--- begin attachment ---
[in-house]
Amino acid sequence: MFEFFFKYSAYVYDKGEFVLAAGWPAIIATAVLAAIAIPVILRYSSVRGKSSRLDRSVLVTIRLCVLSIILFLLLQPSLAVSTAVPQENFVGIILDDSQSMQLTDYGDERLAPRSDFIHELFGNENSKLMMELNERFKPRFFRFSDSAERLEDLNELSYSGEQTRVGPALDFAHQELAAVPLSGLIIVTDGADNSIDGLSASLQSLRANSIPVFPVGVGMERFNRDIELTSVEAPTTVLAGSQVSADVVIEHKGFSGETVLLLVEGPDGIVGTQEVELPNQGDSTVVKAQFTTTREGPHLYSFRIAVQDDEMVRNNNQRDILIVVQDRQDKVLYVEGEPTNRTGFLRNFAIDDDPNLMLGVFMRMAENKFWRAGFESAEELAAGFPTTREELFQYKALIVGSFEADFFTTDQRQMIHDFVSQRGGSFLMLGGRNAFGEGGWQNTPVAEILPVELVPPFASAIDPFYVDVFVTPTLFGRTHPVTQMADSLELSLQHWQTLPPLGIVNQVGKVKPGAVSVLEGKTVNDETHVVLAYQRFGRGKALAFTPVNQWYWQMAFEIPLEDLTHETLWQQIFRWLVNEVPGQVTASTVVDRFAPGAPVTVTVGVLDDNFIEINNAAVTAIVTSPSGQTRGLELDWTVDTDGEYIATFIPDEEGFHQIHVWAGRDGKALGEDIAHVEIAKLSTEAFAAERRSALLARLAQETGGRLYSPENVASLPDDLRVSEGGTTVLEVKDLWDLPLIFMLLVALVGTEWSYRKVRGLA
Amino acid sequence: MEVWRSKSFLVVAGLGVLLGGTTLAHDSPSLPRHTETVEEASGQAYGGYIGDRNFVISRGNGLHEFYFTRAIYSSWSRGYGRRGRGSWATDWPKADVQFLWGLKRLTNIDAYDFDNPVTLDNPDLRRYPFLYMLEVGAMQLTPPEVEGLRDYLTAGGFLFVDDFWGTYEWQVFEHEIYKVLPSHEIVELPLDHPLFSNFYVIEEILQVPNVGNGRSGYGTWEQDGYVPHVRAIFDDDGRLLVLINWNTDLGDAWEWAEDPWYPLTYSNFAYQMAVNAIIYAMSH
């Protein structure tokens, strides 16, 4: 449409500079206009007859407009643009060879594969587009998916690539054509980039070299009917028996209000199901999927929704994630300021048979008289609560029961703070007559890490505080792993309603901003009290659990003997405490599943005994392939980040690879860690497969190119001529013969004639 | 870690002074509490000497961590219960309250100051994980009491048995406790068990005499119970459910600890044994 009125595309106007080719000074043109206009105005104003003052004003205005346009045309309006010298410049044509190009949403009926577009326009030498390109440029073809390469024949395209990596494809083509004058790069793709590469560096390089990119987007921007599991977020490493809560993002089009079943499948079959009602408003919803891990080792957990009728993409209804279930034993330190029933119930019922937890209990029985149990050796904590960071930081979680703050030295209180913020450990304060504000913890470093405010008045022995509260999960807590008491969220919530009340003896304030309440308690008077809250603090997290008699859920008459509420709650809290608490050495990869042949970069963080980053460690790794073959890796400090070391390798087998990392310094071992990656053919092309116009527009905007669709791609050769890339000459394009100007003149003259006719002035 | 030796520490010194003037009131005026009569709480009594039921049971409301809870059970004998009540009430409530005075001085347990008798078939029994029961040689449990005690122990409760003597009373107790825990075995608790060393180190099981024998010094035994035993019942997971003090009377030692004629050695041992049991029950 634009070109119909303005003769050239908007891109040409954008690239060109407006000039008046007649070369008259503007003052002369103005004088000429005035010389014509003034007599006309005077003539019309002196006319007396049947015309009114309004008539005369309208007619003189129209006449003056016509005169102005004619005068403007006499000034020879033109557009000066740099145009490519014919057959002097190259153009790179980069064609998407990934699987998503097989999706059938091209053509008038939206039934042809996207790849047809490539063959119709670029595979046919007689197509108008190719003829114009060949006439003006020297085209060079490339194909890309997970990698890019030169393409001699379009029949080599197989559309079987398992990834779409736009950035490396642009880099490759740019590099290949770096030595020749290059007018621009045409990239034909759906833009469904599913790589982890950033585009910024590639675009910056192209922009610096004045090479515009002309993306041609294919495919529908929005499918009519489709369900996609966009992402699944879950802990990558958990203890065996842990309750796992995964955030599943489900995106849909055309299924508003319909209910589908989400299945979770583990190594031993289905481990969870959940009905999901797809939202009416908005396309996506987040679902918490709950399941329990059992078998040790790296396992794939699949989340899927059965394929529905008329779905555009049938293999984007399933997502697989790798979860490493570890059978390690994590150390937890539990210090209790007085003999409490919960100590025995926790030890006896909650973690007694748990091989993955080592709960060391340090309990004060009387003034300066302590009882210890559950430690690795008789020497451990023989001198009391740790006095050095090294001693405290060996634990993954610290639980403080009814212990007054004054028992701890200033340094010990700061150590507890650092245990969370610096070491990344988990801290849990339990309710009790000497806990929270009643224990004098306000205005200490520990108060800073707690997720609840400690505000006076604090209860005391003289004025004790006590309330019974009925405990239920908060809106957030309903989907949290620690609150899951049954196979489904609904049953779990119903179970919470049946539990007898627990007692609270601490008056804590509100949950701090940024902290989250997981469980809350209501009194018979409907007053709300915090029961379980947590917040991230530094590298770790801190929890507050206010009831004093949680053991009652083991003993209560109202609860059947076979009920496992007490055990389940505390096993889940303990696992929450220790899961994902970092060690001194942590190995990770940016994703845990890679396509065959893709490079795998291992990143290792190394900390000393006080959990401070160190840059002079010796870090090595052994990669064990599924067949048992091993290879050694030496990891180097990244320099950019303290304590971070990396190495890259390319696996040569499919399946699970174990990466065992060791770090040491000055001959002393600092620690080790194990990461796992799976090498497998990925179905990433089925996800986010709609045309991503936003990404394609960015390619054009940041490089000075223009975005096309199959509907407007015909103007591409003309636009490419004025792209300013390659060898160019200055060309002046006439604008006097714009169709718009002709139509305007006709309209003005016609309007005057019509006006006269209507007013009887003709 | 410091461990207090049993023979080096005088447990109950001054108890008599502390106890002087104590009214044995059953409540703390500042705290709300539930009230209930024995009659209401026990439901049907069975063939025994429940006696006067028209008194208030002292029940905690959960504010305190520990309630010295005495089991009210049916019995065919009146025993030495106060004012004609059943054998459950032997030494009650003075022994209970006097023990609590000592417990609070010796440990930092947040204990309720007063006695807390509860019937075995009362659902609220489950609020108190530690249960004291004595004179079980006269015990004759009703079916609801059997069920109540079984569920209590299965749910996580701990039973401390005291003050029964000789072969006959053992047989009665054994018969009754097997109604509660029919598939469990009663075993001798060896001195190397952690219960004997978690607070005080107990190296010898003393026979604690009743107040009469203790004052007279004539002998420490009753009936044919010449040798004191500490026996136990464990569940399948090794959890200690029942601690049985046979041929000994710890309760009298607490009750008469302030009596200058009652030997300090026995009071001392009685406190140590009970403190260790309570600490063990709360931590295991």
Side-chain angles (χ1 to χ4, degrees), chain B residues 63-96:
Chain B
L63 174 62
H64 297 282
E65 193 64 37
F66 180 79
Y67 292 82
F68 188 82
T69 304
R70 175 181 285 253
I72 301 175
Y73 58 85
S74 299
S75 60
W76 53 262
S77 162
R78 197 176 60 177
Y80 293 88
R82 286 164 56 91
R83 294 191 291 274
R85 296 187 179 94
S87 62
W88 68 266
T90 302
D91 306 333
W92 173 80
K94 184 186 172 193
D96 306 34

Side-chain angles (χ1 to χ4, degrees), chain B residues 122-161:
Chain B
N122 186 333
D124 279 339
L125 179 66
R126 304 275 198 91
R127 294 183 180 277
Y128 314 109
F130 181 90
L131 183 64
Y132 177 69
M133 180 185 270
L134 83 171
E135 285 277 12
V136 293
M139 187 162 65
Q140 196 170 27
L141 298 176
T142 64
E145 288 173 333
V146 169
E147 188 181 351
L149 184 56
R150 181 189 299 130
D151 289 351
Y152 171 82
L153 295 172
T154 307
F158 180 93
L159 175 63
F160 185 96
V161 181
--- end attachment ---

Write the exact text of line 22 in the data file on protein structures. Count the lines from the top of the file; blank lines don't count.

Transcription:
Y80 293 88